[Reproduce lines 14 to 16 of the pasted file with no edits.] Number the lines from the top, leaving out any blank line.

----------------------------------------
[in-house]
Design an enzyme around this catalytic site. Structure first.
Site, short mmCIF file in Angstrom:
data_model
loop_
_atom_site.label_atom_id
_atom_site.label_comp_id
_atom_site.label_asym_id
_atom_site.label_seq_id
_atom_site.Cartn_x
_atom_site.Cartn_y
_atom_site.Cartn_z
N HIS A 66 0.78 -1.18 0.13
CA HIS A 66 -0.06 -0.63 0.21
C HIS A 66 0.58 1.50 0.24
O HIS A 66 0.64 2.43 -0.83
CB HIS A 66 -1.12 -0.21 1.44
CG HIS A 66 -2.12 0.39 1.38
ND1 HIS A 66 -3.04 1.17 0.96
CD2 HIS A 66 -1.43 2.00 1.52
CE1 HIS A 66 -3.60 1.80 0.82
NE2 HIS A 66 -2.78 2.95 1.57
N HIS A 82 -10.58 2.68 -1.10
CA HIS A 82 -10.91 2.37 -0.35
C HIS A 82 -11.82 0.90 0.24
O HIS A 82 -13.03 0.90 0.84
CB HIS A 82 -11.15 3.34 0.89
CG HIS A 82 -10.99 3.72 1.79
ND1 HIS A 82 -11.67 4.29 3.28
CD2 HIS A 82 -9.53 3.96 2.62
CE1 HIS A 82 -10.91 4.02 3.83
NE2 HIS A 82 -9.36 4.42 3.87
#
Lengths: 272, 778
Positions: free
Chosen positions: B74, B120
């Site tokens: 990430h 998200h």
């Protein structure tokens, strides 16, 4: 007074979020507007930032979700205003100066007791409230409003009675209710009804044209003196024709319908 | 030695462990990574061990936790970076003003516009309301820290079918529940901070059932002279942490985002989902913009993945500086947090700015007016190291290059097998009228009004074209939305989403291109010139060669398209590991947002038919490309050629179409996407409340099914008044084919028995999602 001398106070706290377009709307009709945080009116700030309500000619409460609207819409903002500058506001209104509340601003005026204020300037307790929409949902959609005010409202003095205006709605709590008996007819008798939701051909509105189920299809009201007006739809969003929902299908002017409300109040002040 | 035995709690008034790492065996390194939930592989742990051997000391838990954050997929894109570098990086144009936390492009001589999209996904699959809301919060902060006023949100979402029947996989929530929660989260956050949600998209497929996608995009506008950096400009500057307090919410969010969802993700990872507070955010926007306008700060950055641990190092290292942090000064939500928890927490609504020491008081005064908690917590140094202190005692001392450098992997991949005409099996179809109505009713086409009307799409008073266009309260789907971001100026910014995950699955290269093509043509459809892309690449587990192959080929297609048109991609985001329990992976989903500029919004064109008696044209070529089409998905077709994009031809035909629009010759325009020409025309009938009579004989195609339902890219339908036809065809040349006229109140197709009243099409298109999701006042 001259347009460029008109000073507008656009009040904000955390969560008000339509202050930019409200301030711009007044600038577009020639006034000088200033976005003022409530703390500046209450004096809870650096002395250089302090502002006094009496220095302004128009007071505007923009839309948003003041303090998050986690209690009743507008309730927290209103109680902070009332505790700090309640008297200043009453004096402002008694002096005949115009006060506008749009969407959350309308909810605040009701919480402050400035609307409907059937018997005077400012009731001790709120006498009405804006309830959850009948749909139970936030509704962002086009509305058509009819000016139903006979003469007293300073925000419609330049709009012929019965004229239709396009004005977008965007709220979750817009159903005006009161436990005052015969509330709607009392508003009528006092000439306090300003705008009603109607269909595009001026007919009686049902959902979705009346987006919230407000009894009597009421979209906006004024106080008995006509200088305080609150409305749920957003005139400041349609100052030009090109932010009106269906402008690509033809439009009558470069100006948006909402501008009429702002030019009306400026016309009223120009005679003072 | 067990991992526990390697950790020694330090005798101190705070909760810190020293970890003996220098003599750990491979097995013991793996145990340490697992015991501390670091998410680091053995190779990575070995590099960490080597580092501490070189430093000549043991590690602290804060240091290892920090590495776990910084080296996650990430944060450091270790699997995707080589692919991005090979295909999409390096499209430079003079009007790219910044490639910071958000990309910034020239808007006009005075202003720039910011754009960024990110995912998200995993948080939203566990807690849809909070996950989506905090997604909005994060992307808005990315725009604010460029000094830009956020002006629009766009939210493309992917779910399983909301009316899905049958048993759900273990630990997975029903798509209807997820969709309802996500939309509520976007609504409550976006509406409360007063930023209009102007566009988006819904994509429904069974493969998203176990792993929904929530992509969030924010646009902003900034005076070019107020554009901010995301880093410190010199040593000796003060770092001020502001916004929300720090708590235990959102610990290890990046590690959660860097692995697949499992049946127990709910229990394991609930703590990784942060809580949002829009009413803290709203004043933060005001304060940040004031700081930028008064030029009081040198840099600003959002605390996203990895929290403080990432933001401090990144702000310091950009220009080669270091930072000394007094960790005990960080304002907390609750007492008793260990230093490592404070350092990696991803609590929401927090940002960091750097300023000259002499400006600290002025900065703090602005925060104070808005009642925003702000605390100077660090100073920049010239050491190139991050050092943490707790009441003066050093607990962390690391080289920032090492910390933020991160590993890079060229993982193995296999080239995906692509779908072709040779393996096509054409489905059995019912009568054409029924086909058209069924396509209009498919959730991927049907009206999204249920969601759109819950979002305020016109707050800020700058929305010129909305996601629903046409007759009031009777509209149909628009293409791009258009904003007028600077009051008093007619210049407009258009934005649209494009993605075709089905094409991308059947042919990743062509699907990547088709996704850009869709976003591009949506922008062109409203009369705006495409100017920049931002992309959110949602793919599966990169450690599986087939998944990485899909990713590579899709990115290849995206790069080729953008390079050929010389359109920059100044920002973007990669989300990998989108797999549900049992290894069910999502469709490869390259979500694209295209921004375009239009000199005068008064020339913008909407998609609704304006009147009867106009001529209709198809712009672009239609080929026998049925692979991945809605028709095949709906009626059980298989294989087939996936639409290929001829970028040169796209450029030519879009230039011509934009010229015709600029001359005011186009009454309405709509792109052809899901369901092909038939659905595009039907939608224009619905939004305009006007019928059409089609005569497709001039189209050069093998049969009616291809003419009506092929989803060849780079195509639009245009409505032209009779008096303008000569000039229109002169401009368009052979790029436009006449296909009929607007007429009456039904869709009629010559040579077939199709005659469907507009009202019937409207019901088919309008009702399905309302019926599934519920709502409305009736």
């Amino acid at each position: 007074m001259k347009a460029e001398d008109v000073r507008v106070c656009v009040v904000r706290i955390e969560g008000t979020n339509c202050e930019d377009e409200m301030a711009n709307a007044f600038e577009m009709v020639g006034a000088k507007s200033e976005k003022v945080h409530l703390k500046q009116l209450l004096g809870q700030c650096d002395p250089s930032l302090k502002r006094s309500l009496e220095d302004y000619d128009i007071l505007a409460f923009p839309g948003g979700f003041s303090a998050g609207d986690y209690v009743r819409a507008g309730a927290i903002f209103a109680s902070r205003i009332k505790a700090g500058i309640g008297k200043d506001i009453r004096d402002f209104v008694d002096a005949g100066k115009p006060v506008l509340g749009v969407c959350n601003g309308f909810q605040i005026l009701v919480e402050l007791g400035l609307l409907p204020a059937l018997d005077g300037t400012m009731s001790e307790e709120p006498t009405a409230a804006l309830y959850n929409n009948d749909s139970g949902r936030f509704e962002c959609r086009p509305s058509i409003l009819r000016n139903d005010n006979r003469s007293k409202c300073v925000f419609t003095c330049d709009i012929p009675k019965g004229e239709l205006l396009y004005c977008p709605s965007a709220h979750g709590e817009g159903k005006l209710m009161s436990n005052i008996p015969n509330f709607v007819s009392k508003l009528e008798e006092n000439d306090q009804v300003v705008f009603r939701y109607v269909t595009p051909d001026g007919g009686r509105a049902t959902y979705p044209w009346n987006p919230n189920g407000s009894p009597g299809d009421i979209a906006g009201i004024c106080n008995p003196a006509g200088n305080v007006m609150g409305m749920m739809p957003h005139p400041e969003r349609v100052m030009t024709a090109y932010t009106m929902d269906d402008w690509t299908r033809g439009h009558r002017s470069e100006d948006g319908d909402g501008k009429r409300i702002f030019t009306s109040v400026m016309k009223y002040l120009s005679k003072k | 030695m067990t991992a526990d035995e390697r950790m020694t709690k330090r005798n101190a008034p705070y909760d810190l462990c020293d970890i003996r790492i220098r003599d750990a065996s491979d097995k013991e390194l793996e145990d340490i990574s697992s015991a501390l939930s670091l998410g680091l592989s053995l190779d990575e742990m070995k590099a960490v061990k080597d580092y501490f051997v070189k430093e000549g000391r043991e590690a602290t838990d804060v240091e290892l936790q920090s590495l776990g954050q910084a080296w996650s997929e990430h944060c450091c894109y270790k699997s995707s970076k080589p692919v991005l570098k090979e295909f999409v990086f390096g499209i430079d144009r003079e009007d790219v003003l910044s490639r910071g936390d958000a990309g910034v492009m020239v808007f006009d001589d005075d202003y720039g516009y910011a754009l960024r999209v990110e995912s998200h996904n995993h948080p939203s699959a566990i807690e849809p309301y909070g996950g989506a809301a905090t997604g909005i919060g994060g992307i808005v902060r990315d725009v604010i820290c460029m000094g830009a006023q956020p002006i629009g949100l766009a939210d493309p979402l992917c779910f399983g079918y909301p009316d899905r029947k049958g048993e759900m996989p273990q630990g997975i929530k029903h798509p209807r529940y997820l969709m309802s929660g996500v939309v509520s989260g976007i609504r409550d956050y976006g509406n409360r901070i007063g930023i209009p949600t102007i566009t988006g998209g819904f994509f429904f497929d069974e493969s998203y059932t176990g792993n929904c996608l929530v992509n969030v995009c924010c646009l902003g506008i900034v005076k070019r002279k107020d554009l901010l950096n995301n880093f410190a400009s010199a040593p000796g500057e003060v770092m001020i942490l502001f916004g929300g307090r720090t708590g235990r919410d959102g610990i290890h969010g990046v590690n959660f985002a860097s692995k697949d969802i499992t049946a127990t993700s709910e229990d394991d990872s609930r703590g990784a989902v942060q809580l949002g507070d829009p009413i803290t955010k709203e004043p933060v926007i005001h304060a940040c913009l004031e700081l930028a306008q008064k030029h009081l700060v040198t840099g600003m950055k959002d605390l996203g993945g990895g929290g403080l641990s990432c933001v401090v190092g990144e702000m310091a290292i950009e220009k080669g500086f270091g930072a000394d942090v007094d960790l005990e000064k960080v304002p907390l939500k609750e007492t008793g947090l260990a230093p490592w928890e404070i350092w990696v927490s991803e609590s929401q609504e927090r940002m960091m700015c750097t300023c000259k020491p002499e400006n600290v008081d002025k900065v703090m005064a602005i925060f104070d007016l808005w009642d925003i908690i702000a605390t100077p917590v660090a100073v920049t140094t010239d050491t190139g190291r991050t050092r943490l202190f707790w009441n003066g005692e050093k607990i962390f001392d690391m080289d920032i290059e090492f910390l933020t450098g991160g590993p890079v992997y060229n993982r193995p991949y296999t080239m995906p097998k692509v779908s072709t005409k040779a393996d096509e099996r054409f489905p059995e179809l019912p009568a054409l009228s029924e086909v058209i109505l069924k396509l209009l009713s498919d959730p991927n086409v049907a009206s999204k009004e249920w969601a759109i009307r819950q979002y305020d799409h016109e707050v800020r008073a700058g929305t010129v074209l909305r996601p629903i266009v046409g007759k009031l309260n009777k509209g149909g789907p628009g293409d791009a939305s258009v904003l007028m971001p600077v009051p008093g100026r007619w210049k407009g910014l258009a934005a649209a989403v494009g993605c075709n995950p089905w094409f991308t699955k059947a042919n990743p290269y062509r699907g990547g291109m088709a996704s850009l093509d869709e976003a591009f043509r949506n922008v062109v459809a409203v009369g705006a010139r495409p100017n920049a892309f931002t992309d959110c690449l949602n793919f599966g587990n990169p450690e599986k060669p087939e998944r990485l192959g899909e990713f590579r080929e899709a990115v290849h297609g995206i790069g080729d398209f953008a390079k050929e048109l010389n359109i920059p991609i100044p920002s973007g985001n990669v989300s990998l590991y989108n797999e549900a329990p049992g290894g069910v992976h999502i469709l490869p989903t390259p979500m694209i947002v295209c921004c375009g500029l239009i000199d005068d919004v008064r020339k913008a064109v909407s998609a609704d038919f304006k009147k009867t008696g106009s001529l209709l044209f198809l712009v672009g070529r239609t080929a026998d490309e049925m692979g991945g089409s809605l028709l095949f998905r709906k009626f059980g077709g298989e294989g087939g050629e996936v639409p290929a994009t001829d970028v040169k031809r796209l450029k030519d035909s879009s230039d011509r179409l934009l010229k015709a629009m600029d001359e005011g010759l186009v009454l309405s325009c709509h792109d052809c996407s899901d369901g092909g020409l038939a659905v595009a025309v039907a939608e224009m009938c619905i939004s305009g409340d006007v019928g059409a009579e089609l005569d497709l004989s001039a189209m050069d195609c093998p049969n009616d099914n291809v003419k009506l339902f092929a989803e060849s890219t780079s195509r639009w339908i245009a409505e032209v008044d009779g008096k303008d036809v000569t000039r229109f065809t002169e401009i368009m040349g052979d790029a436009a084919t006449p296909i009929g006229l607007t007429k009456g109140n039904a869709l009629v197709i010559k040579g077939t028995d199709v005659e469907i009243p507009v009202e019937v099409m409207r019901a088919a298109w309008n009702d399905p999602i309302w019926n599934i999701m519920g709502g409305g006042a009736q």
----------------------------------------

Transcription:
CA HIS A 66 -0.06 -0.63 0.21
C HIS A 66 0.58 1.50 0.24
O HIS A 66 0.64 2.43 -0.83